A Day in the Life of Louise Leigh

A regular on the Bristol stand-up scene since 2015, Louise Leigh is coming to a stage near you, as soon as she’s de-loused her kids (again).

If you’ve not seen her already, she’s known for well-observed material about the dark side of parenting and navigating the choppy seas of middle age.

We spoke to Louise about what her daily routine is really like, and here it is:

A Day in the Life : Louise Leigh

Louise Leigh Bristol comedy
Image Credit: Elizabeth Mizon

4am. I spend the time just before dawn creeping around my neighbour’s garden in my nightie with a frog in a basket, pursued by a disappointed cat.

My cat brings me a frog every morning. I take it back to the neighbour’s pond every morning. I think it might be the same frog every morning – it has this world-weary look about it.

Official wake up time is 6.20am: Empty dishwasher, feed cats, bring cup of tea to child 1 and Poor Husband, give Child 1 breakfast, have breakfast, wake up child 2, shower, dress, pack bag for work, shout at child 1 that he better be close to being ready for school.

7.30 – leave for work. Time to write some comedy. It mostly looks like shouting at other drivers. If I have a gig that night, I run through my set – it’s a 20 minute drive so I can get through a ten minute set twice or a 20 minute once, or a 5 minute set… oh you do the maths.

I work for a charity, which means that like many people who work for charities, I do about 3 jobs in the time it takes to do half a job, for about a quarter of the money.

10.37 – My tummy tells me it is lunchtime. I start to think about the delicious melt-in-the-mouth chocolate experience that is the Cadbury’s Twirl. I don’t have a Twirl.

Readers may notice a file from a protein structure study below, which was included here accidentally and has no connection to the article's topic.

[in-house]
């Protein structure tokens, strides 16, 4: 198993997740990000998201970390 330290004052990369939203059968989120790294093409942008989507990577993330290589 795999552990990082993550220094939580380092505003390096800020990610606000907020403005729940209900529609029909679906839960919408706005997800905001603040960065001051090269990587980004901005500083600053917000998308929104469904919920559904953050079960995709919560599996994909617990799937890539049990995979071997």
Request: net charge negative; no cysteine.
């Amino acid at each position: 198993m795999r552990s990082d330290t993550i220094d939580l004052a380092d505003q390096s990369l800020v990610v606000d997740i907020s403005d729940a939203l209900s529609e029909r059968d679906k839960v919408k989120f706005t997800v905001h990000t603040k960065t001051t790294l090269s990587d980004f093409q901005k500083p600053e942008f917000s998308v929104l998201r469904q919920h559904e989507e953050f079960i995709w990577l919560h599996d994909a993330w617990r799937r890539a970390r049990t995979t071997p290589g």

12.01 – I open my lunch. My Poor Husband has packed me a salad and home-made bread. It is delicious, but it doesn’t have any Twirls in it. I eat it at my desk.

3.15 (or 4.15 on Wednesdays and Thursdays) I run away from my desk, leaving a whole load of crap lying on it and 17 windows open on the computer.

Twenty minutes in the car – time to practise my set or do some writing – it mostly looks like I’m shouting at other drivers. I am shouting at other drivers.

  1. 3.45pm I meet the kids at the house, we have a cup of tea and toast and chat. Topics include: how they have had a brilliant idea for a computer game where everyone is from a different element, and the one from the Science element has science powers using chemicals, and the one from the earth element can make roots entangle its enemies and the one who is a girl uses magical powers. Also, why Tyler at school is a dick. Nobody mentions any kind of fancy dress requirement for school in the next 24 hours.

It’s about 4.15. I have a gig tonight, out of town. I have told the comedian to whom I’m giving a lift that they MUST be at my house by 6.30 at the latest.

In the intervening 2 hours 15 minutes, I will do the following:

Take Child 1 to violin lesson, take Child 2 to Breakdance, nip to the shops for something I forgot from the supermarket, pick up Child 1 from violin, take down a washing, pick up shoes, hang up a washing, make a beautiful home-cooked meal (usually mince), pick up Child 2 from Breakdance, turn around half way from Breakdance because friend of Child 2 has forgotten his hoodie, feed cats, referee a fight between children, referee a fight between cats, pick up shoes, anxiously text Poor Husband to check he knows I have a gig and will be home on time, give directions to comedians who are trying to find my house, pick up shoes shout at children to do music practice/homework/pick up shoes, turn off the TV in a rage, turn off the Xbox in a rage, shove guitar into hand of Child 2, wash up my cooking things, pick up shoes, lay table, help with algebra, pick up shoes, remember about last week’s packed lunch still festering in Child 2’s school bag….